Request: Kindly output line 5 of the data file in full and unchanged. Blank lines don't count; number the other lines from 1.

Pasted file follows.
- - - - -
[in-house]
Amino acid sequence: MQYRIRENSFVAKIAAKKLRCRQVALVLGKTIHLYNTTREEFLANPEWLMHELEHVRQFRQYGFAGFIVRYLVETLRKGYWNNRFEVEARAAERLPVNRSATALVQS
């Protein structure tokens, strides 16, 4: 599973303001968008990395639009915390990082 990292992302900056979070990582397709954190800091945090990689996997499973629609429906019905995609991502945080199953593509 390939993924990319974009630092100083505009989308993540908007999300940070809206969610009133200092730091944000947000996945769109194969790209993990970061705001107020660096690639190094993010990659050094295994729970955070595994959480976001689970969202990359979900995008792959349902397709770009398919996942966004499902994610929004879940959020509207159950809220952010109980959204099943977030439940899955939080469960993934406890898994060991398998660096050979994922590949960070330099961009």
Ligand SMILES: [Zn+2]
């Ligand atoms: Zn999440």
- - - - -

């Ligand atoms: Zn999440």